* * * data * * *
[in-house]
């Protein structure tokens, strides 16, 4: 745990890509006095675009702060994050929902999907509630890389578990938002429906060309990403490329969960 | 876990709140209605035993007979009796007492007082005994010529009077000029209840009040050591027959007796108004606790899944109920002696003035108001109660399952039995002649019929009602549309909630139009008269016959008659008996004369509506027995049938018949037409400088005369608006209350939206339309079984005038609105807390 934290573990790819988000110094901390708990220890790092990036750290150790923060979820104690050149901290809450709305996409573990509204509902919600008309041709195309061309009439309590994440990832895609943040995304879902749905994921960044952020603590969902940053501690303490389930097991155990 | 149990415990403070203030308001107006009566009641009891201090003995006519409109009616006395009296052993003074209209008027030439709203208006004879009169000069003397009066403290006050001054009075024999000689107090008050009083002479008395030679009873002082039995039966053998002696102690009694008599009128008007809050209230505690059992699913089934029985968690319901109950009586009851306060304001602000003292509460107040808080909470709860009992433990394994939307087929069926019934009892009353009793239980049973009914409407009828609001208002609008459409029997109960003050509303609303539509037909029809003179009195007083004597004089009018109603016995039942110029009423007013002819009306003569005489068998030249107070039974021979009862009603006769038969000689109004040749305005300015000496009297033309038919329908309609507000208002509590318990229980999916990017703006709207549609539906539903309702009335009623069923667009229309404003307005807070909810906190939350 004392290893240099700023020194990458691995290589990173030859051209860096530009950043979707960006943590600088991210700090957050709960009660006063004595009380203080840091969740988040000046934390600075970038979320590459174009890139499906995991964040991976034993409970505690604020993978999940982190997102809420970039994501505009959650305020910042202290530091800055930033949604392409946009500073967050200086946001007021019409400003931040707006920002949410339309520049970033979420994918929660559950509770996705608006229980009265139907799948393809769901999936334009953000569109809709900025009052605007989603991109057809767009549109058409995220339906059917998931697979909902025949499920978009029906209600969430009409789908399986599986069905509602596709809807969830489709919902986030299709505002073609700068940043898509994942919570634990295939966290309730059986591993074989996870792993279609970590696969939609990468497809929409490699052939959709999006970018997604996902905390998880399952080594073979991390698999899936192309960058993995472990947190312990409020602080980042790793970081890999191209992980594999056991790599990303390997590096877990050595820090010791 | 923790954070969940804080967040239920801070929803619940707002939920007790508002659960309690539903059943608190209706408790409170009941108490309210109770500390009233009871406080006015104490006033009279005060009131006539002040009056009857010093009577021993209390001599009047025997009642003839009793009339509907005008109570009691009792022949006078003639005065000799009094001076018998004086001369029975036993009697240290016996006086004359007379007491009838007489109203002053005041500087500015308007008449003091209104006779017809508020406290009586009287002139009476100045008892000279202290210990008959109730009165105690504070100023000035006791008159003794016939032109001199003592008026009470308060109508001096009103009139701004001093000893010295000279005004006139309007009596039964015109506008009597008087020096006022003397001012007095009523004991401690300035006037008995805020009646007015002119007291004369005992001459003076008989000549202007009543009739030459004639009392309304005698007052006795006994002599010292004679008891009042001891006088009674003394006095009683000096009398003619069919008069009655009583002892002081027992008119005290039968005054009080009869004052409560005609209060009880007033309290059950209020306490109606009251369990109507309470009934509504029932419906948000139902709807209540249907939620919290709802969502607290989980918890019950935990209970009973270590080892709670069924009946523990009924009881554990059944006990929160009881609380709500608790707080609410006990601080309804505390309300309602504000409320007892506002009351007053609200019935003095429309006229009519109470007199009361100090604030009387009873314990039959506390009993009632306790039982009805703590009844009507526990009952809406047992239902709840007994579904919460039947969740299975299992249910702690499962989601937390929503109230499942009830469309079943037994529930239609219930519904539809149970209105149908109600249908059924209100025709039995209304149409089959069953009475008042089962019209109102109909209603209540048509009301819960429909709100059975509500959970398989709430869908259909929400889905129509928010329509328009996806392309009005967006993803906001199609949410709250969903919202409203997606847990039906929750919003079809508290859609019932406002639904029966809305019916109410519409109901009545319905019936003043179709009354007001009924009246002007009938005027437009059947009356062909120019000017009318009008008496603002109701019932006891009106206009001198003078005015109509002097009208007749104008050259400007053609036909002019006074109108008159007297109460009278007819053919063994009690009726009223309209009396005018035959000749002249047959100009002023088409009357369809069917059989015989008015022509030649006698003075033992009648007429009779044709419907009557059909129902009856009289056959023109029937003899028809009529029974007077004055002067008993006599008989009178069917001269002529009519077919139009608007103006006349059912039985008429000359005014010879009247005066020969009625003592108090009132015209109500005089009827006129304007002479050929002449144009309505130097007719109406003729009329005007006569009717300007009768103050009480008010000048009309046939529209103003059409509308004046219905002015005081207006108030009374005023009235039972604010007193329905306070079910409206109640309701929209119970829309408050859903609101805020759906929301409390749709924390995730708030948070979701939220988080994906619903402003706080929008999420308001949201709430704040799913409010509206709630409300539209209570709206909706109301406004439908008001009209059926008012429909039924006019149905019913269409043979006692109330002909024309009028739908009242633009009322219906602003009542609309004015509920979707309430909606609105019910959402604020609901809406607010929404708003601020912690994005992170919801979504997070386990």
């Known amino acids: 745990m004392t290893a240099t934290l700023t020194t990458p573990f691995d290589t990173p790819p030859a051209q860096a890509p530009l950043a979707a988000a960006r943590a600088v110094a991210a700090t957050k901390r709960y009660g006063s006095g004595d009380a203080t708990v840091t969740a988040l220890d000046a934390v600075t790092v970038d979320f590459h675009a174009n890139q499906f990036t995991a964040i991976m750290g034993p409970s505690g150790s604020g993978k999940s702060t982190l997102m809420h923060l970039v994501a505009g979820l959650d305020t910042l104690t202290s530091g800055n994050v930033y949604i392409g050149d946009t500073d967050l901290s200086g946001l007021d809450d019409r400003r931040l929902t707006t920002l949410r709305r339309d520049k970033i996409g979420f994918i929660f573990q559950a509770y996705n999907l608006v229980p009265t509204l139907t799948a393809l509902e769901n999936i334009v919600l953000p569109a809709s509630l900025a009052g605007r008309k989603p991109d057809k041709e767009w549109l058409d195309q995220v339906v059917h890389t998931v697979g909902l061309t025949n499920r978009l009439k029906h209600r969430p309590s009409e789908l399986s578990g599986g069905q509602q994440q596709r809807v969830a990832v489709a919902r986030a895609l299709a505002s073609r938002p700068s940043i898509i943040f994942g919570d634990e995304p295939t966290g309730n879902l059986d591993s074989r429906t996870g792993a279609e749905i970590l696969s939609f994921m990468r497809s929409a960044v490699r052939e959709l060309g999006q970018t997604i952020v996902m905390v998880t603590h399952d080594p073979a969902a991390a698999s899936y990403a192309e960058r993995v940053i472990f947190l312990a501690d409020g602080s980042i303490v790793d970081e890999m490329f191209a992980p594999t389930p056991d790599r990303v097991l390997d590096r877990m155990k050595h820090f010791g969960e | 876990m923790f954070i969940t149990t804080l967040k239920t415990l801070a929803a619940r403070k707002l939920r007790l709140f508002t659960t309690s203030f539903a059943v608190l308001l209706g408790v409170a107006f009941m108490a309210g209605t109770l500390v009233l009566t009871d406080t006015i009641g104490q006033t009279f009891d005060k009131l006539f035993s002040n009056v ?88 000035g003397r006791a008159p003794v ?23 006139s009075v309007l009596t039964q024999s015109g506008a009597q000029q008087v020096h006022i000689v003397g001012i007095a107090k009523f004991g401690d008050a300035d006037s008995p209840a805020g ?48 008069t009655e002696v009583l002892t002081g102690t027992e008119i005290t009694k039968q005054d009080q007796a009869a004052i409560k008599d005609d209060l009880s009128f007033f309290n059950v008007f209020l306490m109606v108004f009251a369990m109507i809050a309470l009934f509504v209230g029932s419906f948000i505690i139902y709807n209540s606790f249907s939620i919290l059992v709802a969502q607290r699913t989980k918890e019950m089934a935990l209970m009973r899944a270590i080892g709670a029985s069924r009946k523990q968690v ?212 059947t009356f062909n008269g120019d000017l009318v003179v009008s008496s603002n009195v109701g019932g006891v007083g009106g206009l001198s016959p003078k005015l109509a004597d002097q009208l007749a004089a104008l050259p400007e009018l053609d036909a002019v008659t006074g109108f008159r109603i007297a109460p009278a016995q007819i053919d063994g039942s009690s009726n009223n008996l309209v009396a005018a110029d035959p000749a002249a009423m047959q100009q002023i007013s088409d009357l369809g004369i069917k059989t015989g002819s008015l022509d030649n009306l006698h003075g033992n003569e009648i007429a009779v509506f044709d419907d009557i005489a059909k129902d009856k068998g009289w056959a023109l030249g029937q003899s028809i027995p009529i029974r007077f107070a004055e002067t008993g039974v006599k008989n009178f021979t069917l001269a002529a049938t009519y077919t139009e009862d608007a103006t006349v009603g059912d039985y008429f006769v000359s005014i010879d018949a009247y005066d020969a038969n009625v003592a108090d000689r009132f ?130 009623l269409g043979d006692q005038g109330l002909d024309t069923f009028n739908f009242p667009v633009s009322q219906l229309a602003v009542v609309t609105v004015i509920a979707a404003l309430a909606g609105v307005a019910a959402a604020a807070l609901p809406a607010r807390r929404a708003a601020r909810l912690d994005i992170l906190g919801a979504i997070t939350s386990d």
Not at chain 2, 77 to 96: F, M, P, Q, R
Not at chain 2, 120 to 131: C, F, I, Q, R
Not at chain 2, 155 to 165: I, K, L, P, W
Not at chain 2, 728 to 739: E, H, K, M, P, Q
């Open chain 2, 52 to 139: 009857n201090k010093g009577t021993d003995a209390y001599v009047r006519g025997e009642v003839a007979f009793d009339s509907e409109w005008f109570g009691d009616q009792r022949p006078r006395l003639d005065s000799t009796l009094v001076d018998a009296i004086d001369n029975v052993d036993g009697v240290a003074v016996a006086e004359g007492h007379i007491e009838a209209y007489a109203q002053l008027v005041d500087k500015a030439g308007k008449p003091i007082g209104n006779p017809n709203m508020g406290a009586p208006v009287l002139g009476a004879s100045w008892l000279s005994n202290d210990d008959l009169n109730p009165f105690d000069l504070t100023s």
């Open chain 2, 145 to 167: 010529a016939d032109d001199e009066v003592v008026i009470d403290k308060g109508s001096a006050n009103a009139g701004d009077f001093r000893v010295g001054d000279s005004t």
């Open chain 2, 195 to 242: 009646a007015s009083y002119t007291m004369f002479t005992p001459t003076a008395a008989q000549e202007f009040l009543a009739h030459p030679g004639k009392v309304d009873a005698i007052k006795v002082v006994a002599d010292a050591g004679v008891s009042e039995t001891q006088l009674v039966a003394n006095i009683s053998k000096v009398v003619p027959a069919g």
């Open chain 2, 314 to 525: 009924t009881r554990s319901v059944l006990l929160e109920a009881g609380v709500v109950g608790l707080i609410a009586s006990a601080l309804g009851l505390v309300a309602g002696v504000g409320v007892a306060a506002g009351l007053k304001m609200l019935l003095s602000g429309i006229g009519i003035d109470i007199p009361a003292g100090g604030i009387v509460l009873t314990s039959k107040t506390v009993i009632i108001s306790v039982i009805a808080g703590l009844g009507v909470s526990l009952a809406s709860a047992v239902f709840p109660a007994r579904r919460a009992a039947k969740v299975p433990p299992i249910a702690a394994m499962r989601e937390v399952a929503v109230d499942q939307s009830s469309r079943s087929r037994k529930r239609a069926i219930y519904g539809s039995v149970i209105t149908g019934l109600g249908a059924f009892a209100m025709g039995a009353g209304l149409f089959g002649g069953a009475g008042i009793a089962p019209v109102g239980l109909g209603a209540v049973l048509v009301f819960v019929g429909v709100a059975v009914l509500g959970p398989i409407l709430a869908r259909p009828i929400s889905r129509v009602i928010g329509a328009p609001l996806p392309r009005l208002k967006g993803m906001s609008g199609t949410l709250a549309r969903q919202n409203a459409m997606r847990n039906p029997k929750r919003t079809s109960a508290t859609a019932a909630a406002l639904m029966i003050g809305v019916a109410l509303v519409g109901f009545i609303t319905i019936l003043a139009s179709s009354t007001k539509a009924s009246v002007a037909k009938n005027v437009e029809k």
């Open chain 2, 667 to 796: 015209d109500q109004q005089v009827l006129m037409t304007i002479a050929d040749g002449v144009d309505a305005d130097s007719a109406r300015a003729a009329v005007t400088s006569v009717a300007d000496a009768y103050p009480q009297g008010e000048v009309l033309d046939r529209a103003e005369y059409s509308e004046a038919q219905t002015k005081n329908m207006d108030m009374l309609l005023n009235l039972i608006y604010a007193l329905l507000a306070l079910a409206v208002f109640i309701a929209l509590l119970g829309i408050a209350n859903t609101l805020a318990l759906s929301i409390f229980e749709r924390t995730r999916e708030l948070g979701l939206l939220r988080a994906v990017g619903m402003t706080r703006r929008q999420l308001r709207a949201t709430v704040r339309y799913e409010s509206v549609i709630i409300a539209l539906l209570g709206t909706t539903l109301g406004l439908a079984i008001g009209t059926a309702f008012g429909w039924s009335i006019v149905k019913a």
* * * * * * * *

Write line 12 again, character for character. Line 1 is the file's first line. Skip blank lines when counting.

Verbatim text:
């Open chain 2, 667 to 796: 015209d109500q109004q005089v009827l006129m037409t304007i002479a050929d040749g002449v144009d309505a305005d130097s007719a109406r300015a003729a009329v005007t400088s006569v009717a300007d000496a009768y103050p009480q009297g008010e000048v009309l033309d046939r529209a103003e005369y059409s509308e004046a038919q219905t002015k005081n329908m207006d108030m009374l309609l005023n009235l039972i608006y604010a007193l329905l507000a306070l079910a409206v208002f109640i309701a929209l509590l119970g829309i408050a209350n859903t609101l805020a318990l759906s929301i409390f229980e749709r924390t995730r999916e708030l948070g979701l939206l939220r988080a994906v990017g619903m402003t706080r703006r929008q999420l308001r709207a949201t709430v704040r339309y799913e409010s509206v549609i709630i409300a539209l539906l209570g709206t909706t539903l109301g406004l439908a079984i008001g009209t059926a309702f008012g429909w039924s009335i006019v149905k019913a």